Tinea capitis is a common infection of the scalp hair caused by dermatophytic fungi and occurring predominantly in children.2 It is manifested by hair loss, which might be related with signs of inflammation. Hence, clinical signs may either be subtle, with just gentle scaling of the scalp, or clear such as broken hairs, patches of obvious alopecia, pustules, and enormous inflammatory swellings (kerion).3 Tender occipital lymphadenopathy may also occur in inflammatory tinea capitis forms.3 It is the most common dermatophytic infection in children under 12 years of age, with predominance in those of sub-Saharan African descent.4 Poor cleanliness, playing in sand, swarmed living conditions, and low financial status have been related with the advancement of tinea.5 Specifically, kerion is for the most part connected with contamination by zoophilic dermatophytes.6 Tinea capitis is effectively spread from the infected and often asymptomatic carriers, making family epidemics more common. Spores of Trichophyton spp. have been found from many sources such as combs, hats, and pillows.7 Post-pubertal sebum has fungistatic properties due to fatty acids.8

Here our patient though 12-year-old looks much younger than his actual age, because he had mother-to-child transmission of HIV. HIV prevalence in children ≤ 14 years of age has been estimated to be 2%.9 T. violaceum has been shown to be the main causative dermatophyte of tinea capitis in Kenya, Ethiopia, or Botswana.10,11,12 Onychomycosis is one of the early manifestations of HIV infection with a prevalence of 15-40%.13

All systemic antifungals are basically much more effective in the presence of endothrix infection (e.g. Trichophyton spp.) than in subjects with ectothrix disease (e.g. M. canis). This illustrates the importance of culturing to identify the pathogen. In most of the African countries, tinea capitis is the commonest clinical form and next in frequency is tinea corporis. But, in Botswana onychomycosis of fingernails due to T. violaceum was found to be the commonest clinical form.14 Despite the success of the national ART programme, Botswana, a country of approximately 2 million people, still has high incidence of new HIV infections in certain populations and HIV prevalence among the highest in the world, with an estimated adult HIV prevalence of 25% in 2014. 9,15


Tinea capitis affects the scalp and hair shafts, causing small patches of itchy, scaly skin. It can be associated with multiple kerions which is an inflammatory type of tinea capitis, which makes treatment more difficult. TC can be caused by the dermatophytes in the genera Trichophyton and Microsporum that invades the hair shaft. TC especially due to Trichophyton violaceum is common in children of African descent in Sub-Saharan Africa. It can also be associated with Id’s reaction, also known as dermatophytid reaction, on pinna or forehead, which goes away once the dermatophyte infection has been cured, but it can be treated symptomatically with lubricants, topical steroids (rarely, oral steroids), and when needed, oral antihistamines. It is predominantly seen in pre-pubertal children, more often boys than girls. HIV positive patients requires higher doses of griseofulvin for longer duration in order to achieve clinical as well as mycological cure.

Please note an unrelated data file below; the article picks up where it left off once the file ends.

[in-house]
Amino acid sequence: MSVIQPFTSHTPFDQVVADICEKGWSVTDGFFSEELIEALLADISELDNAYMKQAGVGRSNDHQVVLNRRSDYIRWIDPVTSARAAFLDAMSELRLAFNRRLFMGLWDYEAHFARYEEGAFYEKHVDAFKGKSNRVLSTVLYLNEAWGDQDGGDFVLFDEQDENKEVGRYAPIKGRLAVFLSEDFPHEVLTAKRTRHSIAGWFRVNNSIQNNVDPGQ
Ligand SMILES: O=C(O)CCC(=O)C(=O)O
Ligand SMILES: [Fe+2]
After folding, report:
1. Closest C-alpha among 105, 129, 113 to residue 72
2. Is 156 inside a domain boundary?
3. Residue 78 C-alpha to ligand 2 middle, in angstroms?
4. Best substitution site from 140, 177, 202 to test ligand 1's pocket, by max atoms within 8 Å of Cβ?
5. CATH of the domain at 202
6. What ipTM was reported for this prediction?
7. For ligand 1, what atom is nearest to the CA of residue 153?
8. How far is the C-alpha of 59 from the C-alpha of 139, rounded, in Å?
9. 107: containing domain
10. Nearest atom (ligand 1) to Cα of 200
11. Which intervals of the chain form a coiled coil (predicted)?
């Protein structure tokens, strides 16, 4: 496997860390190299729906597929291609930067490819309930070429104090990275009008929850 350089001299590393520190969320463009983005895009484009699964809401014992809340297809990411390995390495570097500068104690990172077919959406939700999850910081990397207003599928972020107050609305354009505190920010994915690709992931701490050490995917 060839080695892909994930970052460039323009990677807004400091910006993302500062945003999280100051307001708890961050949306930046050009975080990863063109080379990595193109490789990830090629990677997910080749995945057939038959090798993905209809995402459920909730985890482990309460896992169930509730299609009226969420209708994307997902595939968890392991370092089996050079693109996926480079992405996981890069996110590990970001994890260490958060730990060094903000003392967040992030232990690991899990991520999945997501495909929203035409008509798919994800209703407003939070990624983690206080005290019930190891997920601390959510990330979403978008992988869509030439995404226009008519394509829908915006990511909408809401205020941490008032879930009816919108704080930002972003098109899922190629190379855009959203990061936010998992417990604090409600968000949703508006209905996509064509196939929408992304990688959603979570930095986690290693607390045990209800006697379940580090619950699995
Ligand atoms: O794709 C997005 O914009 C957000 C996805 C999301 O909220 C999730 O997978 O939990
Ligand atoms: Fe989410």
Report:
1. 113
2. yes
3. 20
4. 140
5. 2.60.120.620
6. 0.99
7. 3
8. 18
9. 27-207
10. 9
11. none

Source of Funding


Conflict of Interest




De Hoog G S K Dukik M Monad A Packeu D Stubbe M Hendrickx Toward a novel multilocus phylogenetic taxonomy of the dermatophytesMycopathologia20171821-2531


B E Elewski Tinea capitis: a current perspectiveJ Am Acad Dermatol2000421120Pt 1


B Moriarty R Hay R Morris-Jones The diagnosis and management of tineaBMJ2012345e4380


G A Patel R A Schwartz Tinea capitis: still an unsolved problem?Mycoses201154183188


C A Pires N F Cruz A M Lobato P O Sousa F R Carneiro A M Mendes Clinical, epidemiological, and therapeutic profile of dermatophytosisAn Bras Dermatol2014892259264


M Larralde B Gomar P Boggio M E Abad B Pagotto Neonatal kerion Celsi: report of three casesPediatr Dermatol2010274361364


P Mirmirani LY Tucker Epidemiologic trends in pediatric tinea capitis: a population-based study from Kaiser Permanente Northern CaliforniaJ Am Acad Dermatol2013696916921


R Shy Tinea corporis and tinea capitisPediatr Rev2007285164174



A Chepchirchir C Bii J O Ndinya-Achola Dermatophyte infections in primary school children in Kibera slums of NairobiEast Afr Med J20098625968


J Ali S Yifru Y Woldeamanuel Prevalence of tinea capitis and the causative agent among school children in Gondar, North West EthiopiaEthiop Med J2009474261269


R Thakur Tinea capitis in BotswanaClin Cosmet Investig Dermatol201363741


A Surjushe R Kamath C Oberai D Saple M Thakre S Dharmshale A Gohil A clinical and mycological study of onychomycosis in HIV infectionIndian J Dermatol Venereol Leprol2007736397401


R Thakur Spectrum of dermatophyte infections in BotswanaClin Cosmet Investig Dermatol20158127133


S A Karim Is the UNAIDS target sufficient for HIV control in Botswana?Lancet HIV201635e195e196


© 2019 Published by Innovative Publication. This is an open access article under the CC BY-NC license (